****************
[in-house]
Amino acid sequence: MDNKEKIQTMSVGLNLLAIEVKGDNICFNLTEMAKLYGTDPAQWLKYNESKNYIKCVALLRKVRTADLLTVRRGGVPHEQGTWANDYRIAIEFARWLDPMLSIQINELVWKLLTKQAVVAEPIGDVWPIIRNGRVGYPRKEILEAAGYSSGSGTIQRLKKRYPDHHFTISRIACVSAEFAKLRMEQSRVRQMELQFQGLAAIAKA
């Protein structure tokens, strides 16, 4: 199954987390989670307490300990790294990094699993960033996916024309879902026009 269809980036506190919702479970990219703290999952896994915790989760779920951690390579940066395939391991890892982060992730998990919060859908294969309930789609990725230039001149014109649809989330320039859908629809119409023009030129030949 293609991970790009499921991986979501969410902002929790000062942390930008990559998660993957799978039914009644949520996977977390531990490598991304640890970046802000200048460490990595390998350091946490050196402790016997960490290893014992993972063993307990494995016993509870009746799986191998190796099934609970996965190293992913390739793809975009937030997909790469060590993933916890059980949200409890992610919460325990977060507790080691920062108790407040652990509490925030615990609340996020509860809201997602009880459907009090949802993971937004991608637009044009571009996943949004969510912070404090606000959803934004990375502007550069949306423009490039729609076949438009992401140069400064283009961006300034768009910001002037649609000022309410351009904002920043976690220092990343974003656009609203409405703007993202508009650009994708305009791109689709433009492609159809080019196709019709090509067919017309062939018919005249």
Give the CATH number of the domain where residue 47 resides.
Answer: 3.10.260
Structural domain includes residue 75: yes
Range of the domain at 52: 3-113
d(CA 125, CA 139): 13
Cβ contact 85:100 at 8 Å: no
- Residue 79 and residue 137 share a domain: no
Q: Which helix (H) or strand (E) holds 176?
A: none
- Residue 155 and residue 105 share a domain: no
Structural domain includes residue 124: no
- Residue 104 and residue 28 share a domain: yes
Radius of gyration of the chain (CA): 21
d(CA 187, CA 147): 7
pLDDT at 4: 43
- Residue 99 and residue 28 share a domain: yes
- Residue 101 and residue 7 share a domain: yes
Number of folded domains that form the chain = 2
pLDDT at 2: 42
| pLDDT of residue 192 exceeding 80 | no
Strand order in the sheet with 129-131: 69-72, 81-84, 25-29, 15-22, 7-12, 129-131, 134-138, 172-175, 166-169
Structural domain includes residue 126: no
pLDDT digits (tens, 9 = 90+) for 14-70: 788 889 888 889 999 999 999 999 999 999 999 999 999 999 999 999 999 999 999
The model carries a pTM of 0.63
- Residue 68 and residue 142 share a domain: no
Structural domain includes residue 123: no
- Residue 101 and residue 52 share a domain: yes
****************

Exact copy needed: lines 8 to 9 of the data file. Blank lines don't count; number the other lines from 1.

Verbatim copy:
d(CA 125, CA 139): 13
Cβ contact 85:100 at 8 Å: no